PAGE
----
Nearly 20 cyclists, all wearing bike helmets and most similarly clad in yellow neon shirts with the kneeling cyclist logo, gathered at Chandler-Newberger Center on Wednesday at 7 p.m. to take part in this year’s Ride of Silence. Before we started, some people shared stories about friends who were injured or killed while riding; one person’s story was a personal account of his own accident and how the support of the cycling community meant so much to him and his wife during his recovery. Still recuperating, he was not yet ready to join in this year’s ride.
The silent procession flows at an easy pace to encourage riders of all levels to join. The leader, Dave, moved steadily and deliberately, observing all traffic rules. An important aspect of the ride is to raise awareness of the need to ‘share the road.’ There is safety in numbers: our group was visually distinctive as we rode 11 miles together through northwest Evanston, Skokie and Niles. The ride concluded uneventfully with a whoop of exhilaration at Evanston’s Wheel & Sprocket, who generously provided not only the neon t-shirts but pizza and drinks.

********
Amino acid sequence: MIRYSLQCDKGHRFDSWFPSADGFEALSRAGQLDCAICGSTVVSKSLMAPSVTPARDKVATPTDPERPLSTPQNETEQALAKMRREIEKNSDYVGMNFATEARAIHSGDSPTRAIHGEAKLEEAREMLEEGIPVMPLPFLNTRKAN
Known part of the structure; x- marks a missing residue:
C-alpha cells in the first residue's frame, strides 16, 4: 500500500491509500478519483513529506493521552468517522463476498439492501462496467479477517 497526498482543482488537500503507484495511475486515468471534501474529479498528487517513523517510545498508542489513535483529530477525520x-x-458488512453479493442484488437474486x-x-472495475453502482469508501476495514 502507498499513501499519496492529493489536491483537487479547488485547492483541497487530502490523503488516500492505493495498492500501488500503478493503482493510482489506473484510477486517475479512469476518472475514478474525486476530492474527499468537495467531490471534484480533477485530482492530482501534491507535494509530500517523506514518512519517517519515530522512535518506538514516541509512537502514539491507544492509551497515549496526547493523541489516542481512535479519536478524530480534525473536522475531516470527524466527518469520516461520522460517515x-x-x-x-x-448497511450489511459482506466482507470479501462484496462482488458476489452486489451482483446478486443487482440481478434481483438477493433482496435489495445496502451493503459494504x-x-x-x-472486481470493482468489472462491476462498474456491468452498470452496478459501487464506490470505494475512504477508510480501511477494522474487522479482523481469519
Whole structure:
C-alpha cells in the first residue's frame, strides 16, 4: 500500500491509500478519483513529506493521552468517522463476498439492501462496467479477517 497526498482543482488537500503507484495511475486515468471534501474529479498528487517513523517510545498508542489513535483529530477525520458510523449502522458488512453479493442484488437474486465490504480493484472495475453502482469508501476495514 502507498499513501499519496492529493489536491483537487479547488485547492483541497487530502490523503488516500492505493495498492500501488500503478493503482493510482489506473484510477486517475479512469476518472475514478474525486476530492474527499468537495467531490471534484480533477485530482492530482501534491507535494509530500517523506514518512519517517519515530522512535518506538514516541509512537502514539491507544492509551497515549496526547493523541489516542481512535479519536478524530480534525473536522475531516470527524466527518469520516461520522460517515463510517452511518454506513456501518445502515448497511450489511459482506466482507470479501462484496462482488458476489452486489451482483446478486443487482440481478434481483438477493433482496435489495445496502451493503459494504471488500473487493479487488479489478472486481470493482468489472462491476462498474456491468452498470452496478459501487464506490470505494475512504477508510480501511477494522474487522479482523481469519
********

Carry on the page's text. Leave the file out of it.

I found out about the ride through The Chainlink.org and the Evanston Bicycle Club. The Ride of Silence is an international event started in 2003 by Chris Phelan in Dallas as a way to honor the memory of a cyclist friend killed on the road. It’s a great cause and free to participate.